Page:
Monday, December 5, 2016

I Made a Thingy

So I was recently cooking up the new batch of beer for Christmas, and needed to make a yeast starter. That consists of boiling a couple liters of water with a couple cups of malt extract, cooling it all down in an ice bath, and then letting yeast do their thing for a day or two - thereby turning one little vial of yeast into a much larger amount of yeast, primed and ready to go to town on the beer. Lots of happy yeasties make for better beer.

Key to getting the best, healthiest, and most yeast cells is oxygenation. Short of having an oxygen tank bubbling through the mixture (which I could in fact do, but dragging my welding cart in to the kitchen might result in objections, and it's too cold for the yeast out in the garage) frequent stirring is the next best method. So every hour (or whenever I happened to think of it, which was in practice a lot less frequent than hourly) I'd give the container a thorough swirl; the yeast clearly loved it, but it was a pain to have to do this repeatedly. "I wish I had a stir plate" I said. I've said this before. Yesterday I decided to get ready for the next time.

A magnetic stir plate is really pretty straightforward. It's a motor, with a magnet on top. Now you can get fancy and add speed control, or a heater, or a nice case to put it in... but the basic function is simple, and I figured the parts were already lying around the garage.

I had several old computer fans in a box, so I grabbed the biggest one. They're already speed-controlled to about the right speed for this. Hm, what has a big magnet? Why, an old hard drive of course! They have a couple of super-powerful magnets, and I have a big stack of dead hard drives from which I could scavenge. I also keep a box of assorted power supplies, so I easily found a 12VDC wall-wart to wire up to this.  A few screws from the hardware store (but only because I didn't have anything long enough lying around), some foamcore from the craft closet, and a layer of Rapid Ingenuity Tape (Thanks Greg!) and voila - one ugly but highly-functional and super-cheap stir plate! Ta da. A thingy.




Saturday, December 3, 2016

Strange noises on the roof

Last weekend, we heard a strange skittering on the roof, sort of like a million tiny claws tap dancing.  "Must be a critter up there," said Chad.  I was busy, so didn't think much of it.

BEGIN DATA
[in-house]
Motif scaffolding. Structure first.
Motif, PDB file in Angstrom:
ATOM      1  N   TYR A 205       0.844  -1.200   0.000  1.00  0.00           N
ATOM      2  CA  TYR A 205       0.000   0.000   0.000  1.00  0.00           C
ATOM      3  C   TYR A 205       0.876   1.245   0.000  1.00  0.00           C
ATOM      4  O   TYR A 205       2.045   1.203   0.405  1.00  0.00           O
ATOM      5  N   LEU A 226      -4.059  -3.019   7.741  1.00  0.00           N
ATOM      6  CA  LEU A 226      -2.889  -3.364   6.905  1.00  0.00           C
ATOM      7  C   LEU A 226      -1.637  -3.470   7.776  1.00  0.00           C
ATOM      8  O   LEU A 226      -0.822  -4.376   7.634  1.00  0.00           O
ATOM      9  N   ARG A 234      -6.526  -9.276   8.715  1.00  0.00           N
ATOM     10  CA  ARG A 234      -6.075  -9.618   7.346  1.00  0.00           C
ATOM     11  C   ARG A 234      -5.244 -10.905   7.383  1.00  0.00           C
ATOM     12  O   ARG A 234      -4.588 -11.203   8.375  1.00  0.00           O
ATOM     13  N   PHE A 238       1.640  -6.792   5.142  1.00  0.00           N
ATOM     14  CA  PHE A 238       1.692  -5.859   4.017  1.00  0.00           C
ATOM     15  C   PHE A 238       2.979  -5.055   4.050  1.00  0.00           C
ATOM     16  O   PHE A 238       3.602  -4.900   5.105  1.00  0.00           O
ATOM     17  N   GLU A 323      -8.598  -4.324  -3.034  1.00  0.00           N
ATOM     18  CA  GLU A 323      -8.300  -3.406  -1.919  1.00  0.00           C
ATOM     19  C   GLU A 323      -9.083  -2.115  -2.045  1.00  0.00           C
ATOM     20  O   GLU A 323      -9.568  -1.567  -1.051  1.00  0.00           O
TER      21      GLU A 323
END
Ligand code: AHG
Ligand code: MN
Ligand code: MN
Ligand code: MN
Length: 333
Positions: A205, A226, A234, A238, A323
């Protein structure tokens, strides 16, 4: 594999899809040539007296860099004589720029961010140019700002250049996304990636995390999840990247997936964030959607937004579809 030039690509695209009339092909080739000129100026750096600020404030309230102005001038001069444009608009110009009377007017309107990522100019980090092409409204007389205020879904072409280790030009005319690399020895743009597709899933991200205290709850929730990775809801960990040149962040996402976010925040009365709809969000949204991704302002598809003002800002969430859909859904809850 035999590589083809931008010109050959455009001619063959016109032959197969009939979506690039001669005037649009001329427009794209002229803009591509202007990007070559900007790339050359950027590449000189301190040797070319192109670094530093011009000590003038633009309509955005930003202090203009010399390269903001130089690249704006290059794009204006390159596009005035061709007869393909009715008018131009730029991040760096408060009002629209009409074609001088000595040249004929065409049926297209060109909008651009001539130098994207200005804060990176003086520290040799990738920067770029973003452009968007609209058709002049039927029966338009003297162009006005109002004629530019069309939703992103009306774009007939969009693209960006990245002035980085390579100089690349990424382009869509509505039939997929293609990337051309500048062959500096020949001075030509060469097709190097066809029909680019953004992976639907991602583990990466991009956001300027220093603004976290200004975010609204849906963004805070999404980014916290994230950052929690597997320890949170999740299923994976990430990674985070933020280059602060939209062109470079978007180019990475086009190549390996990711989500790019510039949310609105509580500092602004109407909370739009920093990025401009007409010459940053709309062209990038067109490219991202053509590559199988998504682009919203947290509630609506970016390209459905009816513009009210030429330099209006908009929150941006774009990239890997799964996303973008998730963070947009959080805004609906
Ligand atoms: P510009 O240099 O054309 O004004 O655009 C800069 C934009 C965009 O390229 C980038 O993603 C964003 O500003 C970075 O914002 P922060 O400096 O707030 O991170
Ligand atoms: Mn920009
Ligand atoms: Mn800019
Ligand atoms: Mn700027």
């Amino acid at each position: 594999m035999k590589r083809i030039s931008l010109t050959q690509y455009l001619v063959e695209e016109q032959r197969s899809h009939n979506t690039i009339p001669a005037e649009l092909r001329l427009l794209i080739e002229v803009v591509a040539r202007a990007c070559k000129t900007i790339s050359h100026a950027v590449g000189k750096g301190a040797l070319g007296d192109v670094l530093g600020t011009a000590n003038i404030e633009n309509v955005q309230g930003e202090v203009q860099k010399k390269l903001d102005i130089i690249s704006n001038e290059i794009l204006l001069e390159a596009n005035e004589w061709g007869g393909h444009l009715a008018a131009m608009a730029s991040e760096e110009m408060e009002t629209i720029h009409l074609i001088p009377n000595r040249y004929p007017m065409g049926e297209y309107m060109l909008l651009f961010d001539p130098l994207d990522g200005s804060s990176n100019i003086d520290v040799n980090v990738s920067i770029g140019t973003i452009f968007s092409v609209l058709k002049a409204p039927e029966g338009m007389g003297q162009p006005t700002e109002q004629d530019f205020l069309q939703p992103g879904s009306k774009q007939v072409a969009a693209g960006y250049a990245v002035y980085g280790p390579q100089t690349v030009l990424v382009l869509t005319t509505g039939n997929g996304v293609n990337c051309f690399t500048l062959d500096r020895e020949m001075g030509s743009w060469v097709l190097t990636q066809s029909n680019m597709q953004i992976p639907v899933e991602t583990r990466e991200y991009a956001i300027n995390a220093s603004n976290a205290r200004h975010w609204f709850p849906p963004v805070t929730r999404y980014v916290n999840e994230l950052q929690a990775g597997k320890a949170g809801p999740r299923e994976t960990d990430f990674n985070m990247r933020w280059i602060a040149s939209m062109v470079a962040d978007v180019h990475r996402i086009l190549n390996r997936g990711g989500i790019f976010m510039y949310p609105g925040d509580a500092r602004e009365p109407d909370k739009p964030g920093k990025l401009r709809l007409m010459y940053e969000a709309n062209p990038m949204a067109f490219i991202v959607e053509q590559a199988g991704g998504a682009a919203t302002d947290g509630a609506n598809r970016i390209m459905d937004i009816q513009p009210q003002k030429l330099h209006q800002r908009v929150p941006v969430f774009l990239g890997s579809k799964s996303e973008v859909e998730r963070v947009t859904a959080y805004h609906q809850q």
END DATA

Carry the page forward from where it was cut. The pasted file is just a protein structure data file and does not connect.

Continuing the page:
Monday rolls around.  I'm doing the bills after a windy morning bike ride.   "Skitter skitter skitter skitter...."  45 minutes of annoyance.  I finally went up on the roof to investigate.

No critter.  Fine -- the dumb squirrel or whatever must have jumped off.  I cleaned out the drain grates while I was up there.

Back inside, ten minutes later.  "Skitter, skitter, skitter, skitter!"  Or is it "pop, crackle, pop, pop"?  Now my mind is interpreting the sound as something horrible happening to the foam roof.  We had had some work done on the interface between the edge of the house and the patio cover to fix a leak the previous week, and now all I could imagine in the face of this weird sound was the adhesive unsticking and pulling bits of foam roof off.

Back up to investigate.  No horrible self-decomposition of roof occurring.  No critter.  No apparent weird noises any more.   Hmmm.   In the face of nothing to react to, I headed back inside to eat lunch.

"Skitter, skitter, skitter, pop, pop, skitter, pop, skitter, pop, pop, pop....."   Argh.  I finally took the ipad up on the roof to sit and work there to see if the sound would come back if I waited long enough.  Besides, there was nice warm sun to bask in up there.

Warm until the wind came up, that is.   "Whoosh!"  "Skitter skitter skitter pop pop!"

Where is it coming from????

Then I really looked around and saw that the roof was covered with small bits of plant matter.  These tiny 1/4-inch diameter fruits were rolling around every time a gust of wind came up, making surprisingly loud skittering and bouncing noises as they blew across the foam roof.

Hmmmm....never seen these before.  Never noticed the noise in previous years.  No new big trees in the neighbors' yards.  Where are they coming from?

I looked up one more time and saw this:
See the clump of fruits hanging down from the neighbor's palm tree?  Apparently it decided to fruit for the first time in the eight years that we have lived here.  Mystery solved!

Ok, mystery solved, and I don't have to hunt down any rabid varmints or engage in roof repairs, but there really isn't anything to be done about the fact that the noise of dates raining down and bouncing across the roof is DRIVING ME CRAZY!!!!!!

Thursday, December 1, 2016

Coastal Anniversary

I ran across the pictures from our quick anniversary getaway weekend this morning and realized I hadn't posted any, so here they are.

It was a gloriously sunny fall weekend, so we headed up through San Francisco

with a brief stop on Hawk Hill to enjoy the view and look at the migrating birds,

as well as to admire the lighthouse at Point Bonita.

We eventually wound our way up the coast and found our way to the Osprey Peak Bed and Breakfast, up a crazy-steep driveway near Point Reyes.  The place was perched up on top of a hill with lots of big trees to admire from the back deck.